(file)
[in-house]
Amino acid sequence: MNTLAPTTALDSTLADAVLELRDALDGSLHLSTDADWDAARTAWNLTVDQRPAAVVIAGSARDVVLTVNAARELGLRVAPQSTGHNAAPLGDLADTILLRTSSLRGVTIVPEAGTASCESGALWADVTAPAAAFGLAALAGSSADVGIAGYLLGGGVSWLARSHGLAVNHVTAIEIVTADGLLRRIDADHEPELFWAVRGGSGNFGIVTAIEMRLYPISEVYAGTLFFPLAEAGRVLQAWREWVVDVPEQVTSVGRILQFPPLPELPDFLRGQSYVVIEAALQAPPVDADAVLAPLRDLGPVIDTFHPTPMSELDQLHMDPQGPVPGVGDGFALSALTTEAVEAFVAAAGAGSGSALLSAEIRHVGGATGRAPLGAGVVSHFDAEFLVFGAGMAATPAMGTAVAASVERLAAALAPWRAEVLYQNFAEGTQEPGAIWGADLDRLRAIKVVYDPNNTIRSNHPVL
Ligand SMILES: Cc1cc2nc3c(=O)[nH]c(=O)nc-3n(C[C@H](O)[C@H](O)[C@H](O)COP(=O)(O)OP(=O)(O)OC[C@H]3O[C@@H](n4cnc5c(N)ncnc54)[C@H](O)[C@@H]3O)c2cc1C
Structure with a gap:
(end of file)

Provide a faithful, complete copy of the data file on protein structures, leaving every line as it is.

[in-house]
Amino acid sequence: MNTLAPTTALDSTLADAVLELRDALDGSLHLSTDADWDAARTAWNLTVDQRPAAVVIAGSARDVVLTVNAARELGLRVAPQSTGHNAAPLGDLADTILLRTSSLRGVTIVPEAGTASCESGALWADVTAPAAAFGLAALAGSSADVGIAGYLLGGGVSWLARSHGLAVNHVTAIEIVTADGLLRRIDADHEPELFWAVRGGSGNFGIVTAIEMRLYPISEVYAGTLFFPLAEAGRVLQAWREWVVDVPEQVTSVGRILQFPPLPELPDFLRGQSYVVIEAALQAPPVDADAVLAPLRDLGPVIDTFHPTPMSELDQLHMDPQGPVPGVGDGFALSALTTEAVEAFVAAAGAGSGSALLSAEIRHVGGATGRAPLGAGVVSHFDAEFLVFGAGMAATPAMGTAVAASVERLAAALAPWRAEVLYQNFAEGTQEPGAIWGADLDRLRAIKVVYDPNNTIRSNHPVL
Ligand SMILES: Cc1cc2nc3c(=O)[nH]c(=O)nc-3n(C[C@H](O)[C@H](O)[C@H](O)COP(=O)(O)OP(=O)(O)OC[C@H]3O[C@@H](n4cnc5c(N)ncnc54)[C@H](O)[C@@H]3O)c2cc1C
Structure with a gap: